Rico Nasty’s energetic sound excels with an air of playfulness. Largo rapper Q Da Fool’s, frankly, does not. The 22-year-old Roc Nation artist is at his best delivering menacing narratives of the area’s underbelly over churning trap production. He started out rapping as part of the Pakk Boyz with a slew of other young artists, including Shabazz PBG. After spending various stints in jail, he came out and broke through as a solo artist with 2017’s Hundred Round Goon project, which featured the street-money-flashing “Numbers.” 2018 saw him sign to Roc Nation and release No Competition as well as 100 Keys with Zaytoven. He recently collaborated with another in-demand producer in Kenny Beats on Bad Influence, a stellar six-song EP. He’s set to become one of the DMV’s premier voices of the streets, and he’s on the right team to project his story to the world.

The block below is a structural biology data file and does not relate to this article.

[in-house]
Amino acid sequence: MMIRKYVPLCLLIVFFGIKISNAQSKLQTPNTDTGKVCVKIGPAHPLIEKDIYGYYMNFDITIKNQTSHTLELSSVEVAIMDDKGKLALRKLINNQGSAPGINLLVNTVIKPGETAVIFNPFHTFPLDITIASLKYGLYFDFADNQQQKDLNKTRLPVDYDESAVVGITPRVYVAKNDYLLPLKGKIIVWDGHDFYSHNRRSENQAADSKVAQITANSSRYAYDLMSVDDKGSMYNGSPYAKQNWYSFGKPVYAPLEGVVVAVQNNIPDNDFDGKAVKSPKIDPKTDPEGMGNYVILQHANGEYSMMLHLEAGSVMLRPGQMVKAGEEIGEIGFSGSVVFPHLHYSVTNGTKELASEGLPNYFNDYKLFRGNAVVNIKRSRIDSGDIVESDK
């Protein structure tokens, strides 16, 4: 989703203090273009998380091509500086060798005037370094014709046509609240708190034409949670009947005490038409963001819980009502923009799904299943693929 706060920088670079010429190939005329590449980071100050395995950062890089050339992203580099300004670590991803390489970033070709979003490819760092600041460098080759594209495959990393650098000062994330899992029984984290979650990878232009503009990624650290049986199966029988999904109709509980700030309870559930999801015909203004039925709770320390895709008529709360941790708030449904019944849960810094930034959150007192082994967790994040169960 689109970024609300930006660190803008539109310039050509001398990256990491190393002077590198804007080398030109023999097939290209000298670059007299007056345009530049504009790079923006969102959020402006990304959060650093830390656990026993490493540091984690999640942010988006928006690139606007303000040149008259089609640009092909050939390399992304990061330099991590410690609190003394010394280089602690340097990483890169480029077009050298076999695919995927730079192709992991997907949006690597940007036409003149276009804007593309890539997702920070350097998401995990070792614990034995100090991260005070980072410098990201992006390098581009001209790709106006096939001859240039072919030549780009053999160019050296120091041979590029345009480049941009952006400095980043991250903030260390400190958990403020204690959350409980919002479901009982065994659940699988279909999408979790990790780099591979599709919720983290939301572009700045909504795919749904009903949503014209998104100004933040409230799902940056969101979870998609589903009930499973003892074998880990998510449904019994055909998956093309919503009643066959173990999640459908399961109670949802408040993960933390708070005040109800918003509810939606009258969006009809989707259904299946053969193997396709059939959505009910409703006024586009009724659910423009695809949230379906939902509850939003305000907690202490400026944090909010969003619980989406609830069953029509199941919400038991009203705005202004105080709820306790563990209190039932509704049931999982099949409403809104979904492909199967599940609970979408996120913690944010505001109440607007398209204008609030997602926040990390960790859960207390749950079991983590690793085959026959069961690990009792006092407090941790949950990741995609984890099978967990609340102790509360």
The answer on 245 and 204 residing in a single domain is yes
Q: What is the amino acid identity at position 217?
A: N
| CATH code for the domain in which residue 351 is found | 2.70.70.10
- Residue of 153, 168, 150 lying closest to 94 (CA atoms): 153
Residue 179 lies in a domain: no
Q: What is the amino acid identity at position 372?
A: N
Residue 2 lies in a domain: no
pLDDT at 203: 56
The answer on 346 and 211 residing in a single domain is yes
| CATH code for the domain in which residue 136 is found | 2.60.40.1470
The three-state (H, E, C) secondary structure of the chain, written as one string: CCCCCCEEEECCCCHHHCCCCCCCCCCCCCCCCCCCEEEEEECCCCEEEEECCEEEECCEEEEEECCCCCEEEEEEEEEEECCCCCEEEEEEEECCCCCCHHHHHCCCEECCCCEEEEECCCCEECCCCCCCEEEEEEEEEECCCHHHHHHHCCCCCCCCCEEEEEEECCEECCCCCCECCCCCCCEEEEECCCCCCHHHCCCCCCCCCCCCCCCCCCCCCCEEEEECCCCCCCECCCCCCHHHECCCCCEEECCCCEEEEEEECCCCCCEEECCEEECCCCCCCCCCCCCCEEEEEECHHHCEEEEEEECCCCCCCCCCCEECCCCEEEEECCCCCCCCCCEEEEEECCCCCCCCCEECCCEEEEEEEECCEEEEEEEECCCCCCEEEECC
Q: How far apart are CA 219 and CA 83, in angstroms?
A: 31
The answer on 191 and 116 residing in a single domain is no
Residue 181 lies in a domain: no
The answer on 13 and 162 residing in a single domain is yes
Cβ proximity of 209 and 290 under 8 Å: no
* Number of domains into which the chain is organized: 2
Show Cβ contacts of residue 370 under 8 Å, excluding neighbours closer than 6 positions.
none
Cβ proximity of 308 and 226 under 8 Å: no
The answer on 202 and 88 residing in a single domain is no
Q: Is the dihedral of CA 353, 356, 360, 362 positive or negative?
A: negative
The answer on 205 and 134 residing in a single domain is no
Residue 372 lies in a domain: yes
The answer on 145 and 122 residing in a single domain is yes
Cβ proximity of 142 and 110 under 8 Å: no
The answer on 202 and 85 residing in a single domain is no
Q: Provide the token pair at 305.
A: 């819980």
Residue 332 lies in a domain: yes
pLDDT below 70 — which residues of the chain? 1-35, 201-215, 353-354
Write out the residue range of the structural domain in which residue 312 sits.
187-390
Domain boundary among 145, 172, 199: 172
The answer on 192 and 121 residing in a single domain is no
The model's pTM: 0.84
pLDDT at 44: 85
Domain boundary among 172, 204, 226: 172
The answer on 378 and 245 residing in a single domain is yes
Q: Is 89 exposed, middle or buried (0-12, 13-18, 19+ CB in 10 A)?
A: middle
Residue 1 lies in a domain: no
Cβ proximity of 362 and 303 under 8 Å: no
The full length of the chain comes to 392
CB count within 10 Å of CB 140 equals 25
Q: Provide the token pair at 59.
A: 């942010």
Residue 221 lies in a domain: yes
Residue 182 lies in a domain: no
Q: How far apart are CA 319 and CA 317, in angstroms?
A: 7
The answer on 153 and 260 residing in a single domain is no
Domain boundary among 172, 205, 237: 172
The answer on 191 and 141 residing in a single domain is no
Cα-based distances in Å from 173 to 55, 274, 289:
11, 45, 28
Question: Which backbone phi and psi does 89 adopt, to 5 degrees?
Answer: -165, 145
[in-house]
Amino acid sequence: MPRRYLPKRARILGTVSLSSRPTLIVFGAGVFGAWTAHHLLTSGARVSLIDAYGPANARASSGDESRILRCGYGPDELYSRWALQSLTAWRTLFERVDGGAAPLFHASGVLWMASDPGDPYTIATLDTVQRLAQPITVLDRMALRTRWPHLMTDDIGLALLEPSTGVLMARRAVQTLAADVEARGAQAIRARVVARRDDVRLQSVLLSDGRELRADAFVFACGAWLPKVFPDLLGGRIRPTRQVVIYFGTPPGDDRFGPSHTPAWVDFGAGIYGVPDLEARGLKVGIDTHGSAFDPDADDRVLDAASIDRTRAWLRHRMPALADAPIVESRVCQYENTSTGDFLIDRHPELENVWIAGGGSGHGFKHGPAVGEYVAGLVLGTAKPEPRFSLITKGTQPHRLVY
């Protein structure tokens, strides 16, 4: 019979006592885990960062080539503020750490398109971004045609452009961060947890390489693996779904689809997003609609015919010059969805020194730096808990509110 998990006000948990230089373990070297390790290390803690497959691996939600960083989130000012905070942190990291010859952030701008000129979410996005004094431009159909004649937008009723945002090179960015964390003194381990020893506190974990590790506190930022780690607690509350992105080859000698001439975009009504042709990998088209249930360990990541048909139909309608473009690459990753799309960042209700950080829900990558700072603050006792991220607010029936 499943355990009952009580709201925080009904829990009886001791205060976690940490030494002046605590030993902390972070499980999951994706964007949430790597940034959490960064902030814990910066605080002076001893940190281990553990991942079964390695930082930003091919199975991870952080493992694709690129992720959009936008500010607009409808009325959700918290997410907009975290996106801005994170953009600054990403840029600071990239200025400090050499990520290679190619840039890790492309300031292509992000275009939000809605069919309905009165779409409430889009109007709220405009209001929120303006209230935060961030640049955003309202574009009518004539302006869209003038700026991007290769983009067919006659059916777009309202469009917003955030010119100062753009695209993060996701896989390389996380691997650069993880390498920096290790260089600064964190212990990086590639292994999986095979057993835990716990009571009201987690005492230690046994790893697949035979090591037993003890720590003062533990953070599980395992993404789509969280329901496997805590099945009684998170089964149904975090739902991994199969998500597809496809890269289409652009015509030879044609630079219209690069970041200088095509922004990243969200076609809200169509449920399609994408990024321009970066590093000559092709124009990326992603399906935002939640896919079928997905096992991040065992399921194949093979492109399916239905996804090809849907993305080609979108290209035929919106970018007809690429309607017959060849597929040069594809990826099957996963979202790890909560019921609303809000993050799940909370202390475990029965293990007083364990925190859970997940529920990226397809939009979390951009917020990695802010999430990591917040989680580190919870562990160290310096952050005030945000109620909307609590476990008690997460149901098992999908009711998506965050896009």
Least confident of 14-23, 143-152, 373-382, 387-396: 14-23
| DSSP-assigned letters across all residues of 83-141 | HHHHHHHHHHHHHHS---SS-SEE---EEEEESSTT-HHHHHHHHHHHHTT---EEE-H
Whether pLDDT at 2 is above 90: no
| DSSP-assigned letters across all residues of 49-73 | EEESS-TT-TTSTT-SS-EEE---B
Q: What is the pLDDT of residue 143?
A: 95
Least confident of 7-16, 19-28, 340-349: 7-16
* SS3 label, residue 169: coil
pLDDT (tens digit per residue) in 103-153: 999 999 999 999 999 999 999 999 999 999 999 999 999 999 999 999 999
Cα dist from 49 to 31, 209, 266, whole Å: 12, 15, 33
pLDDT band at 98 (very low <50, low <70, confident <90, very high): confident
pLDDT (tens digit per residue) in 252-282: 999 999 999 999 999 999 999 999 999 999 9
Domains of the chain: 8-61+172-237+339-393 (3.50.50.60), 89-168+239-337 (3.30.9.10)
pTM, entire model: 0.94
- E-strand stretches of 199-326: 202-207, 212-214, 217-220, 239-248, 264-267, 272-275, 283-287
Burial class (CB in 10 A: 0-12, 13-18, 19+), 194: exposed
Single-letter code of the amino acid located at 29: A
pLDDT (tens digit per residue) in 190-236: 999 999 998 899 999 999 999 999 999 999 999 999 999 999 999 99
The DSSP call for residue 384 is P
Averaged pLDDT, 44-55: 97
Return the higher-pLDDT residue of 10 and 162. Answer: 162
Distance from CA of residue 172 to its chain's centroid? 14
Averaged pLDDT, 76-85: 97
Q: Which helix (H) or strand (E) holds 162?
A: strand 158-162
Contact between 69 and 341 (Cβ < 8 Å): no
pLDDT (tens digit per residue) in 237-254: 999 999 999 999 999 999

PG County’s IDK is one of the most ambitious artists in any region. His 2015 SubTrap mixtape, released as Jay IDK, was an introduction to a sound he deemed Suburban Trap, or “trap music with substance.” That philosophy has served as the mandate for the rest of his work, including 2017’s IWasVeryBad. The project marked him as one of the most intriguing, creative young artists in the game. First, he collaborated with Adult Swim to visually present the album through their well-respected platform, then he created an extended visual with Noisey which turned his lyrical narrative of life in PG County into the soundtrack of a short film. Last year, he released IDK & Friends, a collaborative EP which featured “Once Upon A Time,” a collaboration with Denzel Curry that has stoked demand for a collab project from the two.